Let me be weighed in an even balance, that God may know mine {d} integrity.

(d) He shows what his uprightness stands in, in as much as he was blameless before men and did not sin against the second table.

6. A solemn assertion before God the judge that his denial in Job 31:5 is true. The words are parenthetical.

Verse 6. - Let me be weighed in an even balance; literally, let him (i.e. God) weigh me in the balances of justice. The use of this imagery by the Egyptians has been already noted (see the comment on Job 6:2). It is an essential part of every Egyptian representation of the final judgment of souls by Osiris. Each man's merits are formally weighed in a balance, which is carefully depicted, and he is judged accordingly. Job asks that this may be done in his case, either immediately or at any rate ultimately. He would have the act performed, that God may know his integrity; or rather, may recognize it. (So Professor Leo.) Job has no doubt that a thorough investigation of his case will lead to a, acknowledgment and proclamation of his innocence. Job 31:6 5 If I had intercourse with falsehood,

And my foot hastened after deceit:

6 Let Him weigh me in the balances of justice,

And let Eloah know my innocence.

7 If my steps turned aside from the way,

And my heart followed mine eyes,

And any spot hath cleaved to my hands:

8 May I sow and another eat,

And let my shoots be rooted out.

We have translated שׁוא (on the form vid., on Job 15:31, and the idea on Job 11:11) falsehood, for it signifies desolateness and hollowness under a concealing mask, therefore the contradiction between what is without and within, lying and deceit, parall. מרמה, deceit, delusion, imposition. The phrase הלך עם־שׁוא is based on the personification of deceit, or on thinking of it in connection with the מתי־שׁוא (Job 11:11). The form ותּחשׁ cannot be derived from חוּשׁ, from which it ought to be ותּחשׁ, like ויּסר Judges 4:18 and freq., ויּשׂר (serravit) 1 Chronicles 20:3, ויּעט (increpavit) 1 Samuel 25:14. Many grammarians (Ges. 72, rem. 9; Olsh. 257, g) explain the Pathach instead of Kametz as arising from the virtual doubling of the guttural (Dagesh forte implicitum), for which, however, no ground exists here; Ewald (232, b) explains it by "the hastening of the tone towards the beginning," which explains nothing, since the retreat of the tone has not this effect anywhere else. We must content ourselves with the supposition that ותּחשׁ is formed from a חשׁה having a similar meaning to חוּשׁ (חישׁ), as also ויּעט, 1 Samuel 15:19, comp. 1 Samuel 14:32, is from a עטח of similar signification with עיט. The hypothetical antecedent, Job 31:5, is followed by the conclusion, Job 31:6 : If he have done this, may God not spare him. He has, however, not done it; and if God puts him to an impartial trial, He will learn his תּמּה, integritas, purity of character. The "balance of justice" is the balance of the final judgment, which the Arabs call Arab. mı̂zân 'l-a‛mâl, "the balance of actions (works)."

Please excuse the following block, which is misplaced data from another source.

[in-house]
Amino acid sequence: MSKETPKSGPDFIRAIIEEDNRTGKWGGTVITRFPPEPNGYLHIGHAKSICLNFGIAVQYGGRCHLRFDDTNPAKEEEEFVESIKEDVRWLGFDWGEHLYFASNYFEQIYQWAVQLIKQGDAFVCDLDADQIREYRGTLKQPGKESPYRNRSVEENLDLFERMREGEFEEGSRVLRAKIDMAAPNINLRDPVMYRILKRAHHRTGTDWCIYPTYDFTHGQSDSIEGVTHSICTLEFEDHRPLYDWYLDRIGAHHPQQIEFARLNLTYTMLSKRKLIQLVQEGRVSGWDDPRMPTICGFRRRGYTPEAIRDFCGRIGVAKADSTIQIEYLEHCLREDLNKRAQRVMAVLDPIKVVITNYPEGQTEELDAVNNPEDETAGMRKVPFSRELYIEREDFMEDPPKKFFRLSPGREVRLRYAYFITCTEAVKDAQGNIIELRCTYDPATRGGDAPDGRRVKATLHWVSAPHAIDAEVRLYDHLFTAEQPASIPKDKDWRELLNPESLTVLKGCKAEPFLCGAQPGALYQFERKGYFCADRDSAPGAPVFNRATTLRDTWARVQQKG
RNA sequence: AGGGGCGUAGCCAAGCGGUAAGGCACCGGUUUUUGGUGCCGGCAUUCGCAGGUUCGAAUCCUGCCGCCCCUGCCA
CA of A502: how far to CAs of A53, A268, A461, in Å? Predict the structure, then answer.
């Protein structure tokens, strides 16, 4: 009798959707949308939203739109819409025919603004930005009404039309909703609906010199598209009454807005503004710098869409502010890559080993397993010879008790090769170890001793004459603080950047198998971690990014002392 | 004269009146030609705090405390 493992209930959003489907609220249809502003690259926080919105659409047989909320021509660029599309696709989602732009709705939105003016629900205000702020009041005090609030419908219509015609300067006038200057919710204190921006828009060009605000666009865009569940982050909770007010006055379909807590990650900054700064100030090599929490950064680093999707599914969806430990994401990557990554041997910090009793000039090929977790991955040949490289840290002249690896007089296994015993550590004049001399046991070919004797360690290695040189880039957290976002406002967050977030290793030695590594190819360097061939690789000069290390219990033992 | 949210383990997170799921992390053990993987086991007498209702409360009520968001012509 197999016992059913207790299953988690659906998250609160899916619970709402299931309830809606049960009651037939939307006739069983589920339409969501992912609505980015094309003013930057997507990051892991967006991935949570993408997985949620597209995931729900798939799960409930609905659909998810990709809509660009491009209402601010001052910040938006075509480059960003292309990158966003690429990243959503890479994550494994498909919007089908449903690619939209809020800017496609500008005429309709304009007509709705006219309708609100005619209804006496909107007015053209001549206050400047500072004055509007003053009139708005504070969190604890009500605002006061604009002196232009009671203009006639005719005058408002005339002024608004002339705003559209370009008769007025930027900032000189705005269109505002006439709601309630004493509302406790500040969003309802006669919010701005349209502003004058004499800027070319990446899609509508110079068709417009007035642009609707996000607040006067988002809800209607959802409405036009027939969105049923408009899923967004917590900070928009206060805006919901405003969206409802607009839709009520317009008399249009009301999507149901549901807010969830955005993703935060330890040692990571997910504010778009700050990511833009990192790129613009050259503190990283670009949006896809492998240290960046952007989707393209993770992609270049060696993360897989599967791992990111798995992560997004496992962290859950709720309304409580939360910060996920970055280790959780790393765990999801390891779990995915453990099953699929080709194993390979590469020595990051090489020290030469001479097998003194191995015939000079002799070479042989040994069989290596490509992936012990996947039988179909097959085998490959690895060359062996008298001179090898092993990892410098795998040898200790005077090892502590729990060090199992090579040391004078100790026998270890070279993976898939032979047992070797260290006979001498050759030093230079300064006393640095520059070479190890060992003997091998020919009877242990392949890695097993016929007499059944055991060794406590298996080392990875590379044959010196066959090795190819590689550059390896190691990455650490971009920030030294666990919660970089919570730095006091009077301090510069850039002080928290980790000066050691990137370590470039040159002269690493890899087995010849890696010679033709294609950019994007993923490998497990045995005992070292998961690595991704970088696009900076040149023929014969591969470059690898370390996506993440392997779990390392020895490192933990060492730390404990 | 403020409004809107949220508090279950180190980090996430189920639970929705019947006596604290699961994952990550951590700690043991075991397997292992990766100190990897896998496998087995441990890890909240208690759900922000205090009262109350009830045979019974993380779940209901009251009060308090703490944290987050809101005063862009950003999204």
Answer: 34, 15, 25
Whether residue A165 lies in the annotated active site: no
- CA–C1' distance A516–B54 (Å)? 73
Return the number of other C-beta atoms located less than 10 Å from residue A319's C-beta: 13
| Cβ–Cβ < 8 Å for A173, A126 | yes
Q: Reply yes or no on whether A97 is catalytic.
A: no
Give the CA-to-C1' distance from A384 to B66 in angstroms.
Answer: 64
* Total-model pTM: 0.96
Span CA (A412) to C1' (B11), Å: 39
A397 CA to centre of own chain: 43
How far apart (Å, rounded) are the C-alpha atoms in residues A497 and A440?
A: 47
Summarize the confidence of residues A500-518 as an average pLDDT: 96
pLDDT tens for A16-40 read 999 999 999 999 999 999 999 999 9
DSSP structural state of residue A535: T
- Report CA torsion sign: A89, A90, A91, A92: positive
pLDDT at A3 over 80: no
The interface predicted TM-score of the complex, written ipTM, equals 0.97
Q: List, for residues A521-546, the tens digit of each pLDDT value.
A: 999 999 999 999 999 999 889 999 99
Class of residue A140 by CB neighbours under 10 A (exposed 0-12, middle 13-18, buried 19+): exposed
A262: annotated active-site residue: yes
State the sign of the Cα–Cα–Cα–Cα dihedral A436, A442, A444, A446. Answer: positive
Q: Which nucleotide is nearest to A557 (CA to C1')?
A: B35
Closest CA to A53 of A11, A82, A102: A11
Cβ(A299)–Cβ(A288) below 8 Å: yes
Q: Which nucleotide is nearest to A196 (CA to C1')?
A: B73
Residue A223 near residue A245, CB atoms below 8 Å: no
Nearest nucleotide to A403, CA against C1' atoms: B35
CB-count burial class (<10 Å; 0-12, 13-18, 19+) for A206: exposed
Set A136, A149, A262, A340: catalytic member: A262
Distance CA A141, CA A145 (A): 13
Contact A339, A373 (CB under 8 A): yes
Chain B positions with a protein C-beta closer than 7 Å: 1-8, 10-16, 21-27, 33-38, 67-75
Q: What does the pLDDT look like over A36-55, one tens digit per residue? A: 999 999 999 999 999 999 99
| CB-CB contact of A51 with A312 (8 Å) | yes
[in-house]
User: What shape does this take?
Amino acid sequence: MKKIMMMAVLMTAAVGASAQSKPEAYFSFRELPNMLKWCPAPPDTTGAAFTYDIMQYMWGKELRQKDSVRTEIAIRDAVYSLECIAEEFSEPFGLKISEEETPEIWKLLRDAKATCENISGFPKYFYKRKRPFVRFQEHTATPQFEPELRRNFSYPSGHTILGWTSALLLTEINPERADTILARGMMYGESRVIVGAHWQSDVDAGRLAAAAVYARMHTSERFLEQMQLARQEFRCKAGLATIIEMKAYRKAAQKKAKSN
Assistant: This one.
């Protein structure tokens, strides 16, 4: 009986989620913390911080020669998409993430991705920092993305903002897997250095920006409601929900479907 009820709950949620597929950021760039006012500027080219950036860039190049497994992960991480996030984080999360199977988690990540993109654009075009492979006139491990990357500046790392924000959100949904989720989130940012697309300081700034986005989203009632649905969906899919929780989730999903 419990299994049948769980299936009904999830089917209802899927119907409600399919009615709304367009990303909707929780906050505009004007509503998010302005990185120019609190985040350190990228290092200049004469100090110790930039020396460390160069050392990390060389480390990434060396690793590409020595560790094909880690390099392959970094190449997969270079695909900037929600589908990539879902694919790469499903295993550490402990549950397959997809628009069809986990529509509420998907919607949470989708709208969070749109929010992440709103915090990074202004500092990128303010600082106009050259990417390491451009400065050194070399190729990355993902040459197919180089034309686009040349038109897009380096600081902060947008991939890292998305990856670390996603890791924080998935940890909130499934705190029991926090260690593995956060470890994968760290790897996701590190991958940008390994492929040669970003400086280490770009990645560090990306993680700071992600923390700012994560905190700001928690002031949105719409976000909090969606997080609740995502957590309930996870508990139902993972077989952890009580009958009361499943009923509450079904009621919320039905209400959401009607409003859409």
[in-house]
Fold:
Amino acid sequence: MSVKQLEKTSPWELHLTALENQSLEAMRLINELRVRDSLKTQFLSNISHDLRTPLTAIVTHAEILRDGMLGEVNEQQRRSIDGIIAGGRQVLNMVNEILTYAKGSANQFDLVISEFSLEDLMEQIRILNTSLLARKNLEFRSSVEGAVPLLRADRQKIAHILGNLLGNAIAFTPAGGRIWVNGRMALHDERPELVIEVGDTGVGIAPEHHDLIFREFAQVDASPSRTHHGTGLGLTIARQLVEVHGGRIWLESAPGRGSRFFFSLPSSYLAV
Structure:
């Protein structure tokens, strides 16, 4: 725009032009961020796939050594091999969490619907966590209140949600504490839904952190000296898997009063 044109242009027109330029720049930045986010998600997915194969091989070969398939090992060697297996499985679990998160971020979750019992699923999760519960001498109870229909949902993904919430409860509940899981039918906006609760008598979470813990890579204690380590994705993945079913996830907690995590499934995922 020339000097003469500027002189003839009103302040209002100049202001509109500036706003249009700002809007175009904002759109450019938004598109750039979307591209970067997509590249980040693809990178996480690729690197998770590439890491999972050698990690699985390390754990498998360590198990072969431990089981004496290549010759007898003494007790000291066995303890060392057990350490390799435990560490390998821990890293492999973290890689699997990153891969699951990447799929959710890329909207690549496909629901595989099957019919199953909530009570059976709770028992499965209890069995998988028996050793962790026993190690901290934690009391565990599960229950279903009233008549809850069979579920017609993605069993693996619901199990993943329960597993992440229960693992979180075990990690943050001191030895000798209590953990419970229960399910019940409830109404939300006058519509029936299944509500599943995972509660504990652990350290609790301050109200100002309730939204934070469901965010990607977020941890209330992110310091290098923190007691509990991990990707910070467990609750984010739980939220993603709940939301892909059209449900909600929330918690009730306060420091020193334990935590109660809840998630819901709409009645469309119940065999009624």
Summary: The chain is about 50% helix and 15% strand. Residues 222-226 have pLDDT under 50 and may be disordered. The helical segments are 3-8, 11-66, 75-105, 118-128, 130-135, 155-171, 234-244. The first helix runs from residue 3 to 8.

(Note: The manual of ethics by Ghazzli is entitled mı̂zân el-a‛mâl in the original, מאזני צדק in Bar-Chisdai's translation, vid., Gosche on Ghazzli's life and works, S. 261 of the volume of the Berliner Akademie d. Wissensch. for 1858.)

Job 31:7 also begins hypothetically: if my steps (אשּׁוּרי from אשּׁוּר, which is used alternately with אשׁוּר without distinction, contrary to Ew. 260, b) swerve (תּטּה, the predicate to the plur. which follows, designating a thing, according to Ges. 146, 3) from the way (i.e., the one right way), and my heart went after my eyes, i.e., if it followed the drawing of the lust of the eye, viz., to obtain by deceit or extortion the property of another, and if a spot (מאוּם, macula, as Daniel 1:4, equals מוּם, Job 11:15; according to Ew., equivalent to מחוּם, what is blackened and blackens, then a blemish, and according to Olsh., in מאוּמה...לא, like the French ne ... point) clave to my hands: I will sow, and let another eat, and let my shoots be rooted out. The poet uses צאצאים elsewhere of offspring of the body or posterity, Job 5:25; Job 21:8; Job 27:14; here, however, as in Isaiah, with whom he has this word in common, Job 34:2; Job 42:5, the produce of the ground is meant. Job 31:8 is, according to John 4:37, a λόγος, a proverb. In so far as he may have acted thus, Job calls down upon himself the curse of Deuteronomy 38:20f.: what he sows, let strangers reap and eat; and even when that which is sown does not fall into the hands of strangers, let it be uprooted.